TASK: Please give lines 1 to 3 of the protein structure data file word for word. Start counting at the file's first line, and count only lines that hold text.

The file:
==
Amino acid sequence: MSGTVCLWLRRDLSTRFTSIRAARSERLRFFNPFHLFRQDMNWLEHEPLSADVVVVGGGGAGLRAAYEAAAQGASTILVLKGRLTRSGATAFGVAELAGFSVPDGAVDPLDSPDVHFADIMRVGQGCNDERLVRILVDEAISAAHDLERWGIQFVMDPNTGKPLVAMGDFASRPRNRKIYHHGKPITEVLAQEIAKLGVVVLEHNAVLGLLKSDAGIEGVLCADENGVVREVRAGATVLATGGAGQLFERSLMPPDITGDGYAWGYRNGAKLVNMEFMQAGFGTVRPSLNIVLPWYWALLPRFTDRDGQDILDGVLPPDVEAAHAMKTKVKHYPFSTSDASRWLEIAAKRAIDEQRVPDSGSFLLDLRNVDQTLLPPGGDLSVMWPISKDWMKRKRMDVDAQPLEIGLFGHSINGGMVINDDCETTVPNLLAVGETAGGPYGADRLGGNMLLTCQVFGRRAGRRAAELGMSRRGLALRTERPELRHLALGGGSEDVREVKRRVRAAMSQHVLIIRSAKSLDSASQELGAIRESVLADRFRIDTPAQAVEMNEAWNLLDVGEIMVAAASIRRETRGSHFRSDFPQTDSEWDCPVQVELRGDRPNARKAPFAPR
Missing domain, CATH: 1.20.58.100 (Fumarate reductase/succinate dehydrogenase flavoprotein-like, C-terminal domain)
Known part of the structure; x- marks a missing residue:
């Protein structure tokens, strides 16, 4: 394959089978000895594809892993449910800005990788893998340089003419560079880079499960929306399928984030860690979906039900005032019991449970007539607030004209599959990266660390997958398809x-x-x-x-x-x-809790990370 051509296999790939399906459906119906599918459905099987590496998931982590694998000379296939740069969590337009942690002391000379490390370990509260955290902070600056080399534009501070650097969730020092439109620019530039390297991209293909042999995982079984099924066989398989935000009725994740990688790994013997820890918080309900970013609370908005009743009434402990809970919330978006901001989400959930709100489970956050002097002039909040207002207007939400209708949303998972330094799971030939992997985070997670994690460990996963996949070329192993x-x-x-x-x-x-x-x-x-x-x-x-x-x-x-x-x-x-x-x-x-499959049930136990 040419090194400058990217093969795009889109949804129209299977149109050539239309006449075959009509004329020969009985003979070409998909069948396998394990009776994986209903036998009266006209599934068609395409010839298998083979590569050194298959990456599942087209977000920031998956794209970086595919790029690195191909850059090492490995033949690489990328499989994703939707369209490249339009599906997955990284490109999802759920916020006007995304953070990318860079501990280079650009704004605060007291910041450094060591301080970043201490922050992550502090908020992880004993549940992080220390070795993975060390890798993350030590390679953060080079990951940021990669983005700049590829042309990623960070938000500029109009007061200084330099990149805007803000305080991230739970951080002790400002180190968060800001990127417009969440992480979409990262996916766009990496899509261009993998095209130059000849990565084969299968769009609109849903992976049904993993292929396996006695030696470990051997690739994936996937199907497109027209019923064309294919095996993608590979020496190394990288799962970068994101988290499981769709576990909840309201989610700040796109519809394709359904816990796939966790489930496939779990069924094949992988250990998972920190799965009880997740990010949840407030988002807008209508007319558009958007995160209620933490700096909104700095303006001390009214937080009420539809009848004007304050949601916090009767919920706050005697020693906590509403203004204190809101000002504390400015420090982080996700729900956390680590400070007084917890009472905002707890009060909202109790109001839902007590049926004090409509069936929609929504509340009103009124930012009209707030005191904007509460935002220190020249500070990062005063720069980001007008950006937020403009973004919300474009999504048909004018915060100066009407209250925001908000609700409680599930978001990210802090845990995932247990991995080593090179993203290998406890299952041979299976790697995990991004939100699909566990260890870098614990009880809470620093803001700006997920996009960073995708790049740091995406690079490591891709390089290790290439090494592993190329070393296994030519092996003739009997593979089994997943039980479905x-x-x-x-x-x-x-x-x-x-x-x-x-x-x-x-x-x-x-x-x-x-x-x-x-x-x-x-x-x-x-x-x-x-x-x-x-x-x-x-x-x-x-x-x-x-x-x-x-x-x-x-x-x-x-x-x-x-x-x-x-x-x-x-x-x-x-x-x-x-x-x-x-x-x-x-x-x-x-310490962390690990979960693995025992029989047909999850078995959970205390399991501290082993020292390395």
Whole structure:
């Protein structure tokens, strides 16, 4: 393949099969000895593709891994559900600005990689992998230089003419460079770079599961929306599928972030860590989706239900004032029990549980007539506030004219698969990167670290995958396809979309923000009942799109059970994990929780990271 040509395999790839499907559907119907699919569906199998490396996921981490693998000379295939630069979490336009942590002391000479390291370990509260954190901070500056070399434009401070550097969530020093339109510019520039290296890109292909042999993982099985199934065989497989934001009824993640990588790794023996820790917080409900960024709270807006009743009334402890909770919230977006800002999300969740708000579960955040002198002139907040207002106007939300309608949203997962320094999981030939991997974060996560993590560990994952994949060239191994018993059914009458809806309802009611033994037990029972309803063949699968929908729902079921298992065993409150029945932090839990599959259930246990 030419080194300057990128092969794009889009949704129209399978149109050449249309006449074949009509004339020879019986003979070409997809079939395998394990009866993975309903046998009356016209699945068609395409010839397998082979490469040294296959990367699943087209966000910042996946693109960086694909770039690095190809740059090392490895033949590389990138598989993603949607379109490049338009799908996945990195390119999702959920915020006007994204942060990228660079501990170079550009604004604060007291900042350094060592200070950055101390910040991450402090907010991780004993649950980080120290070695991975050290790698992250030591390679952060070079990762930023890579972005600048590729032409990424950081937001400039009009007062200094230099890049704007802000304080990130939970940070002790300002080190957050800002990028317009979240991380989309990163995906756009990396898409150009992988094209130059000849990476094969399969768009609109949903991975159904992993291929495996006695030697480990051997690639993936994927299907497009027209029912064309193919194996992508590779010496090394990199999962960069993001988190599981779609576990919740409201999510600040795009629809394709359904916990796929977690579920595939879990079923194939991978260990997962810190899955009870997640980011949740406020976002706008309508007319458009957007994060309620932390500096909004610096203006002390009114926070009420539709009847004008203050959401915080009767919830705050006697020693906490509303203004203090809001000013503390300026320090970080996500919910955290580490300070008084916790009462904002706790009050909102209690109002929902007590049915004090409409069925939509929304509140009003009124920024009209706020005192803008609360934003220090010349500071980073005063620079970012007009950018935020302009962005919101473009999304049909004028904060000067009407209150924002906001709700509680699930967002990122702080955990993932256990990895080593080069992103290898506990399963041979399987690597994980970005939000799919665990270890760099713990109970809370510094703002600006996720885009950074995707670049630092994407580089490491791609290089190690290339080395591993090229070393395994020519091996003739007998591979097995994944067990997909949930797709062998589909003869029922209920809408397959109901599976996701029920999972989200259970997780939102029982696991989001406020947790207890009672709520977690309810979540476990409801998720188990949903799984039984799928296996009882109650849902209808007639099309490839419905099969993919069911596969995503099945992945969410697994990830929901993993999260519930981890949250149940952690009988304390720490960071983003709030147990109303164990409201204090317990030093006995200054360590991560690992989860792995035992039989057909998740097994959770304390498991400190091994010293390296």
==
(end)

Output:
Amino acid sequence: MSGTVCLWLRRDLSTRFTSIRAARSERLRFFNPFHLFRQDMNWLEHEPLSADVVVVGGGGAGLRAAYEAAAQGASTILVLKGRLTRSGATAFGVAELAGFSVPDGAVDPLDSPDVHFADIMRVGQGCNDERLVRILVDEAISAAHDLERWGIQFVMDPNTGKPLVAMGDFASRPRNRKIYHHGKPITEVLAQEIAKLGVVVLEHNAVLGLLKSDAGIEGVLCADENGVVREVRAGATVLATGGAGQLFERSLMPPDITGDGYAWGYRNGAKLVNMEFMQAGFGTVRPSLNIVLPWYWALLPRFTDRDGQDILDGVLPPDVEAAHAMKTKVKHYPFSTSDASRWLEIAAKRAIDEQRVPDSGSFLLDLRNVDQTLLPPGGDLSVMWPISKDWMKRKRMDVDAQPLEIGLFGHSINGGMVINDDCETTVPNLLAVGETAGGPYGADRLGGNMLLTCQVFGRRAGRRAAELGMSRRGLALRTERPELRHLALGGGSEDVREVKRRVRAAMSQHVLIIRSAKSLDSASQELGAIRESVLADRFRIDTPAQAVEMNEAWNLLDVGEIMVAAASIRRETRGSHFRSDFPQTDSEWDCPVQVELRGDRPNARKAPFAPR
Missing domain, CATH: 1.20.58.100 (Fumarate reductase/succinate dehydrogenase flavoprotein-like, C-terminal domain)
Known part of the structure; x- marks a missing residue: